Africa: A gender perspective on solar energy  drawbacks

Africa: A gender perspective on solar energy drawbacks

Date: December 8, 2011
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Even as African countries join the rest of the world in Durban, South Africa to evaluate the impact of climate change on livelihoods, there are concerns about the use of solar energy, rapidly gaining popularity in African countries, which was once heralded as an environmental solution to energy needs.

Along with prior perceptions of environmental friendliness, solar energy is marketed as cheap power for businesses and households in resource poor settings, especially in regions such as Eastern and Southern Africa. However, scientists now warn that solar energy is not all that clean. In fact, they argue, it might be contributing to environmental pollution and diseases in women and children.

At the Durban meeting, organisations have lined up several activities and meetings to showcase how import solar power and other renewable energies are, but many are silent on the downside of these energies, such as lead poisoning.

The problem is that solar energy relies heavily on lead batteries to store the energy it creates. A recent study is warning that this means solar power is contributing to the atmosphere’s pollution, rather than reducing it.

Giving the example of China and India, the study authors, Prof Chris Cherry, assistant professor at University of Tennessee and Perry Gottesfeld of Occupational Knowledge International, note that the solar power’s reliance on lead batteries has the potential to release more than 2.4 million tons of lead pollution in the two countries.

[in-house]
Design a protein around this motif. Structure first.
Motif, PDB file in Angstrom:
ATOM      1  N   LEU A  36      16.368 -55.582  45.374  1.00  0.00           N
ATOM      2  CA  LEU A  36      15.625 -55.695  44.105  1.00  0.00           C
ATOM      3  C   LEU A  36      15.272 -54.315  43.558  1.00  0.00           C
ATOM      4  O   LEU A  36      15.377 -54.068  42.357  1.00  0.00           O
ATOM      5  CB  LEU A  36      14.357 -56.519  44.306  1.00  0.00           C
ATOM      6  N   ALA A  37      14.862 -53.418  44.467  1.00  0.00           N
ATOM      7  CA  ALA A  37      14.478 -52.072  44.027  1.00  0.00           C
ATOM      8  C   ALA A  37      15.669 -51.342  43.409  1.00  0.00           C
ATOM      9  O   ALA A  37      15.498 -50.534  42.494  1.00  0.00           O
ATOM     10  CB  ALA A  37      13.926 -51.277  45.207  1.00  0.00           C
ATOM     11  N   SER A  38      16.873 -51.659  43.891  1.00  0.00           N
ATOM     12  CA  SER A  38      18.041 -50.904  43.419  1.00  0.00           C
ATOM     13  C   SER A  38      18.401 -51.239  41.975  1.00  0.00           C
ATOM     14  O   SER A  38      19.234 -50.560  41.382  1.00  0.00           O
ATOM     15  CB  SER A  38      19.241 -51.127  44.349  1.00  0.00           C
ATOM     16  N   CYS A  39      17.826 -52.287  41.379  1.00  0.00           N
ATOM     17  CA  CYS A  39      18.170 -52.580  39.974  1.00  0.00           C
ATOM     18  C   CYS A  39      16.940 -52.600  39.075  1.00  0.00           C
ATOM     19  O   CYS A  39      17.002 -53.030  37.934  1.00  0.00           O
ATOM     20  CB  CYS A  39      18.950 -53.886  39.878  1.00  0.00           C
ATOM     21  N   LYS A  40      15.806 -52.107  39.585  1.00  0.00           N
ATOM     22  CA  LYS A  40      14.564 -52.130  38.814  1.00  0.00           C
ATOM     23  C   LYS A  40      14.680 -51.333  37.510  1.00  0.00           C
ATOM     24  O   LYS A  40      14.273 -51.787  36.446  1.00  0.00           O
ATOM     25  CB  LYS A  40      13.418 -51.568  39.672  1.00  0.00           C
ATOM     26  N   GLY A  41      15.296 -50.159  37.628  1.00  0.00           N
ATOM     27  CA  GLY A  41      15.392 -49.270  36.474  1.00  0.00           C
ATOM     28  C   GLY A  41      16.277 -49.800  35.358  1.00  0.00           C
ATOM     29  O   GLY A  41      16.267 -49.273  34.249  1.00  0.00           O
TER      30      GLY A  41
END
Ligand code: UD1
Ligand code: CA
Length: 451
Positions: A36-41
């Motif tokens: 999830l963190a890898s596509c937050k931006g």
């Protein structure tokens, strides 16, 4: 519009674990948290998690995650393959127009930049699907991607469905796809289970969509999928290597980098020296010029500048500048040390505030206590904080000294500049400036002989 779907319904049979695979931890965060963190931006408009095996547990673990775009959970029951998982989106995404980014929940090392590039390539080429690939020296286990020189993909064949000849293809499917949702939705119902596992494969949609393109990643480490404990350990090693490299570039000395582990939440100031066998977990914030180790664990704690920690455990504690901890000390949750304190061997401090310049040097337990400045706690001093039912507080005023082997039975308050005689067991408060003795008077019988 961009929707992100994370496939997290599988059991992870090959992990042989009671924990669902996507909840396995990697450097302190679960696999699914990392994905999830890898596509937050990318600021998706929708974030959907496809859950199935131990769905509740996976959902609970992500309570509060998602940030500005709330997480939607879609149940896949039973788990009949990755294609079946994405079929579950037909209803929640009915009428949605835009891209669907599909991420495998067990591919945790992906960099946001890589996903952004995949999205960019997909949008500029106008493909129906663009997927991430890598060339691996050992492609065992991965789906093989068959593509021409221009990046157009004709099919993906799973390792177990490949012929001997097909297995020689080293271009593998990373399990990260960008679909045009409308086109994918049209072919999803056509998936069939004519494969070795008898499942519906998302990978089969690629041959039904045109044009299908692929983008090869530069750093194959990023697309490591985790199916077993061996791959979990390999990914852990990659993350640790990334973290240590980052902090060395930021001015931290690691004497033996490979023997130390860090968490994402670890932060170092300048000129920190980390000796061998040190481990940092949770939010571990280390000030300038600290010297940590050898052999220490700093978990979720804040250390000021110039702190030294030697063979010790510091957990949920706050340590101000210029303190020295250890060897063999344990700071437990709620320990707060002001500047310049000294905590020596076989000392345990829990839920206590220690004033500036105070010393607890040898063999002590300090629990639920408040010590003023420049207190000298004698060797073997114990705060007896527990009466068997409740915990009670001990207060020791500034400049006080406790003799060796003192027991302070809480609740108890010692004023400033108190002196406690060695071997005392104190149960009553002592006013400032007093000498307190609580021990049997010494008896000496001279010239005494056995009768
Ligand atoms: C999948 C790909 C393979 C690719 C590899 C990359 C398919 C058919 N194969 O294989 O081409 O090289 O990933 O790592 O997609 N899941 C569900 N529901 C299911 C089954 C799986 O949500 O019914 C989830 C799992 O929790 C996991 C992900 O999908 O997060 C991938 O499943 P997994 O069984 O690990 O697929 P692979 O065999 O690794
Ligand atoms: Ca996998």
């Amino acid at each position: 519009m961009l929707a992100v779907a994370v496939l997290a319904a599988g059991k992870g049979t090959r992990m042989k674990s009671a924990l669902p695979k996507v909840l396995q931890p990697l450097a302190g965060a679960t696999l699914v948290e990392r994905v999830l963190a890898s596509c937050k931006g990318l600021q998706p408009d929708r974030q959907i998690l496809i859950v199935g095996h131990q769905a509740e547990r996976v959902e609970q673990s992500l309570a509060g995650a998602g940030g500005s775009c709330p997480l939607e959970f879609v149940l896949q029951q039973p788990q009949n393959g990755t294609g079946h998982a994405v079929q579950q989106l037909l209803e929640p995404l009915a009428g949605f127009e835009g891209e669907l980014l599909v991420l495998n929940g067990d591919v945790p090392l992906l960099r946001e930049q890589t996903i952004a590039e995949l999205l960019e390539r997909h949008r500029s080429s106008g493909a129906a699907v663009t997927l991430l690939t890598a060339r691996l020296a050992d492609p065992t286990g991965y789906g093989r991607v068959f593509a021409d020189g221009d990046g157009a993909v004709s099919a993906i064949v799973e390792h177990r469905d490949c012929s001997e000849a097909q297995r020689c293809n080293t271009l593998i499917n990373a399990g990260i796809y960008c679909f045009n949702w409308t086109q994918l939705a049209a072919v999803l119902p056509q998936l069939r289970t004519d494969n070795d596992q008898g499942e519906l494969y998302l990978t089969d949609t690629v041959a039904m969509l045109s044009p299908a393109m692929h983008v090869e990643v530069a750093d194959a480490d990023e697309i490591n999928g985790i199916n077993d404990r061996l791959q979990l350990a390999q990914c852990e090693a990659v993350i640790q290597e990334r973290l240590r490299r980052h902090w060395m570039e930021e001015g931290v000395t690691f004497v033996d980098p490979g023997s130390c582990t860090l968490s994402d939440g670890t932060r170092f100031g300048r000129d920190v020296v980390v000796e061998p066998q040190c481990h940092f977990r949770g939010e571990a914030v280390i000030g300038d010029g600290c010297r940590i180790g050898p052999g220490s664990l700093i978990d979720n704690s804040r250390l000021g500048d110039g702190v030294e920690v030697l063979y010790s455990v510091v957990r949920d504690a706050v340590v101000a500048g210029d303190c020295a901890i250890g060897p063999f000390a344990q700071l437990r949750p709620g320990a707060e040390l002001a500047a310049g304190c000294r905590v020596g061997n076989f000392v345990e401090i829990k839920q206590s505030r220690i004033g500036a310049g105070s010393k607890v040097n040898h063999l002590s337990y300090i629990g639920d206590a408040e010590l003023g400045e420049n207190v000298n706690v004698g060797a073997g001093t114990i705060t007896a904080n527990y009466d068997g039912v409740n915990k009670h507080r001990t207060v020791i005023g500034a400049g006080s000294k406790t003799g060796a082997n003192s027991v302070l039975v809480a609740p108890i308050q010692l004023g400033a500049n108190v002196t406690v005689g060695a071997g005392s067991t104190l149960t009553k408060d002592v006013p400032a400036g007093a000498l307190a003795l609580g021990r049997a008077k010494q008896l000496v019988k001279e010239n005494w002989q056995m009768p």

Published in a recent Energy Policy Journal, the authors say this will negatively affect public health and contaminate the environment. This in turn will increase the burden of disease, which tends to be shouldered by women as caregivers.

Lead poisoning can lead to adverse health effects on the reproductive system of women and men, as well as learning impairments, and hyperactive and violent behaviour in children. Studies show elevated lead levels in a pregnant woman is more likely to lead to miscarriage, premature babies or those with low birth weights. In men, it can lead to infertility resulting from low sperm count, poor sperm morphology and motility.

In many cases, infertility in men results in increased violence against women, especially in African societies where men are considered not to be infertile and women receive all the blame for not conceiving.

However, Dr Joshua Noreh, a fertility expert who runs the Nairobi IVF Centre, says almost half of infertility results from the man. He adds that on several occasions he has counselled women battered and abused by husbands and in-laws because they are “infertile.”

“There are times when you run tests and find the woman is perfectly fine. Only to learn later when we do sperm analysis that the man has poor sperm quality or no sperm count, hence the cause of infertility,” says Dr Noreh.

In children, the classic signs and symptoms of lead poisoning are loss of appetite, abdominal pain, vomiting, weight loss, anaemia, kidney failure, and irritability. Such children encounter serious impaired development including difficulties in talking and use of words. Living in a society where women are the main caregivers, increased disease burden in children is likely to add to already high levels of care workloads.